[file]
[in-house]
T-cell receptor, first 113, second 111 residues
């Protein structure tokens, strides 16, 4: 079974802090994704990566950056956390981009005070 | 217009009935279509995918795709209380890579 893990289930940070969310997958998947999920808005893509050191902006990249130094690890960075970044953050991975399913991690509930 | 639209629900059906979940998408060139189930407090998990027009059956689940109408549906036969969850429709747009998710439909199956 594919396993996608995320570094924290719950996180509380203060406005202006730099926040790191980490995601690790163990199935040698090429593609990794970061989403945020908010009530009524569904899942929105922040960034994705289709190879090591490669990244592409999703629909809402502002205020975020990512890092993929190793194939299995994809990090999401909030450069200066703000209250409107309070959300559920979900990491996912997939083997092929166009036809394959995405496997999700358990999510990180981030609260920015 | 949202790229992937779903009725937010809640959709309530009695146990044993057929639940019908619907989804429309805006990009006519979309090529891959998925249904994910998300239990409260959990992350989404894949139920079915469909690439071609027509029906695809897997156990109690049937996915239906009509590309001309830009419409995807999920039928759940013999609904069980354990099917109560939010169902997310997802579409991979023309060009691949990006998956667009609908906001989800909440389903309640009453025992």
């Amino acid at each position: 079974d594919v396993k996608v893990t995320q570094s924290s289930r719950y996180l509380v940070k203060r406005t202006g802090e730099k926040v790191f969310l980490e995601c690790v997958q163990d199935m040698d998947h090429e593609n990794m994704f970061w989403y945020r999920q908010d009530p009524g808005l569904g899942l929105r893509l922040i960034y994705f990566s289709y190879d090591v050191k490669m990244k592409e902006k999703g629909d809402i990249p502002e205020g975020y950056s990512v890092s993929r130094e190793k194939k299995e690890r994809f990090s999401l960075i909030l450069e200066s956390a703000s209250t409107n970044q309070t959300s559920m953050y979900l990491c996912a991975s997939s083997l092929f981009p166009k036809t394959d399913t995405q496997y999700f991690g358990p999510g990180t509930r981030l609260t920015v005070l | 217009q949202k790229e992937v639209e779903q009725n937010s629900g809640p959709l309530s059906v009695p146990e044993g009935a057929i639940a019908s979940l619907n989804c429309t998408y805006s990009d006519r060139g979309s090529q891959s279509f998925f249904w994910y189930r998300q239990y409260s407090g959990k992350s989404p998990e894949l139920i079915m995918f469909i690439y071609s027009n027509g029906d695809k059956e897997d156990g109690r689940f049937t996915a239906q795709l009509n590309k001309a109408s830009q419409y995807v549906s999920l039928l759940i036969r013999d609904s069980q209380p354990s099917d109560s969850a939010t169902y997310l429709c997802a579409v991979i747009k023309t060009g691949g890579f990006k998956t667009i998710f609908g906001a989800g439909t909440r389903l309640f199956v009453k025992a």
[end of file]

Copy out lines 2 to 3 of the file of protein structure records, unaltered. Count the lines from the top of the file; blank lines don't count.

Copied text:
T-cell receptor, first 113, second 111 residues
């Protein structure tokens, strides 16, 4: 079974802090994704990566950056956390981009005070 | 217009009935279509995918795709209380890579 893990289930940070969310997958998947999920808005893509050191902006990249130094690890960075970044953050991975399913991690509930 | 639209629900059906979940998408060139189930407090998990027009059956689940109408549906036969969850429709747009998710439909199956 594919396993996608995320570094924290719950996180509380203060406005202006730099926040790191980490995601690790163990199935040698090429593609990794970061989403945020908010009530009524569904899942929105922040960034994705289709190879090591490669990244592409999703629909809402502002205020975020990512890092993929190793194939299995994809990090999401909030450069200066703000209250409107309070959300559920979900990491996912997939083997092929166009036809394959995405496997999700358990999510990180981030609260920015 | 949202790229992937779903009725937010809640959709309530009695146990044993057929639940019908619907989804429309805006990009006519979309090529891959998925249904994910998300239990409260959990992350989404894949139920079915469909690439071609027509029906695809897997156990109690049937996915239906009509590309001309830009419409995807999920039928759940013999609904069980354990099917109560939010169902997310997802579409991979023309060009691949990006998956667009609908906001989800909440389903309640009453025992």